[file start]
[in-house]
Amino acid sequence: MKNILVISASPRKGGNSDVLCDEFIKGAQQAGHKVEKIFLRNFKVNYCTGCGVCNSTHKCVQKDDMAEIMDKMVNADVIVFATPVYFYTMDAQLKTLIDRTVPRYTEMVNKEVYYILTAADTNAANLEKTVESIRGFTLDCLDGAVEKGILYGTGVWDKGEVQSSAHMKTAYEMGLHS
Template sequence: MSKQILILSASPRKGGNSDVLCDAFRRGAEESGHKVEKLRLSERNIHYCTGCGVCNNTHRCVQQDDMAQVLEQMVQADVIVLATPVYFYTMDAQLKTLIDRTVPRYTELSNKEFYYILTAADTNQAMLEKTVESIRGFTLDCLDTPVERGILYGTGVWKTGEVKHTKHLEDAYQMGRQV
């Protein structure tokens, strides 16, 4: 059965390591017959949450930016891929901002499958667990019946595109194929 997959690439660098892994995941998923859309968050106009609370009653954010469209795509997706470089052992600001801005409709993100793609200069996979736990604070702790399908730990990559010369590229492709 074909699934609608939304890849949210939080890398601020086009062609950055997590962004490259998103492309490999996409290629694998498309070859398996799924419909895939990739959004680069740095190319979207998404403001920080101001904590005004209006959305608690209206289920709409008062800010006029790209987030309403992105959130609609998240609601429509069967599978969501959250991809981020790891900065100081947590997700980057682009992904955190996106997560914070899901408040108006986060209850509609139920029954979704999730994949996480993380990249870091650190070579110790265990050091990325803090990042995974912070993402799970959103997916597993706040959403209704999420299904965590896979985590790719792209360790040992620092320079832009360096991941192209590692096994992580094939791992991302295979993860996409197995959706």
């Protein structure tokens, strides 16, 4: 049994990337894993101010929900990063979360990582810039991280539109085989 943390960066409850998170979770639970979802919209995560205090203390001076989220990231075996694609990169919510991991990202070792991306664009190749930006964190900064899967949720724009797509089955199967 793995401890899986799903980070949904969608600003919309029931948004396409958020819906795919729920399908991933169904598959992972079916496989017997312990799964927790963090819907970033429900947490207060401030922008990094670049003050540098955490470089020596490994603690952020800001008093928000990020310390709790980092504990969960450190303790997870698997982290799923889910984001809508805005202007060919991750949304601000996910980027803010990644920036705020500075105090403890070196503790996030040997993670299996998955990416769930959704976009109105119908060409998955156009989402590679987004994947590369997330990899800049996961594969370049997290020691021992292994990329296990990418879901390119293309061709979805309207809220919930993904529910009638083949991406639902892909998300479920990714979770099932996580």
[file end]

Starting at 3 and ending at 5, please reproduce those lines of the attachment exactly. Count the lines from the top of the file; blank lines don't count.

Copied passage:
Template sequence: MSKQILILSASPRKGGNSDVLCDAFRRGAEESGHKVEKLRLSERNIHYCTGCGVCNNTHRCVQQDDMAQVLEQMVQADVIVLATPVYFYTMDAQLKTLIDRTVPRYTELSNKEFYYILTAADTNQAMLEKTVESIRGFTLDCLDTPVERGILYGTGVWKTGEVKHTKHLEDAYQMGRQV
């Protein structure tokens, strides 16, 4: 059965390591017959949450930016891929901002499958667990019946595109194929 997959690439660098892994995941998923859309968050106009609370009653954010469209795509997706470089052992600001801005409709993100793609200069996979736990604070702790399908730990990559010369590229492709 074909699934609608939304890849949210939080890398601020086009062609950055997590962004490259998103492309490999996409290629694998498309070859398996799924419909895939990739959004680069740095190319979207998404403001920080101001904590005004209006959305608690209206289920709409008062800010006029790209987030309403992105959130609609998240609601429509069967599978969501959250991809981020790891900065100081947590997700980057682009992904955190996106997560914070899901408040108006986060209850509609139920029954979704999730994949996480993380990249870091650190070579110790265990050091990325803090990042995974912070993402799970959103997916597993706040959403209704999420299904965590896979985590790719792209360790040992620092320079832009360096991941192209590692096994992580094939791992991302295979993860996409197995959706």
């Protein structure tokens, strides 16, 4: 049994990337894993101010929900990063979360990582810039991280539109085989 943390960066409850998170979770639970979802919209995560205090203390001076989220990231075996694609990169919510991991990202070792991306664009190749930006964190900064899967949720724009797509089955199967 793995401890899986799903980070949904969608600003919309029931948004396409958020819906795919729920399908991933169904598959992972079916496989017997312990799964927790963090819907970033429900947490207060401030922008990094670049003050540098955490470089020596490994603690952020800001008093928000990020310390709790980092504990969960450190303790997870698997982290799923889910984001809508805005202007060919991750949304601000996910980027803010990644920036705020500075105090403890070196503790996030040997993670299996998955990416769930959704976009109105119908060409998955156009989402590679987004994947590369997330990899800049996961594969370049997290020691021992292994990329296990990418879901390119293309061709979805309207809220919930993904529910009638083949991406639902892909998300479920990714979770099932996580």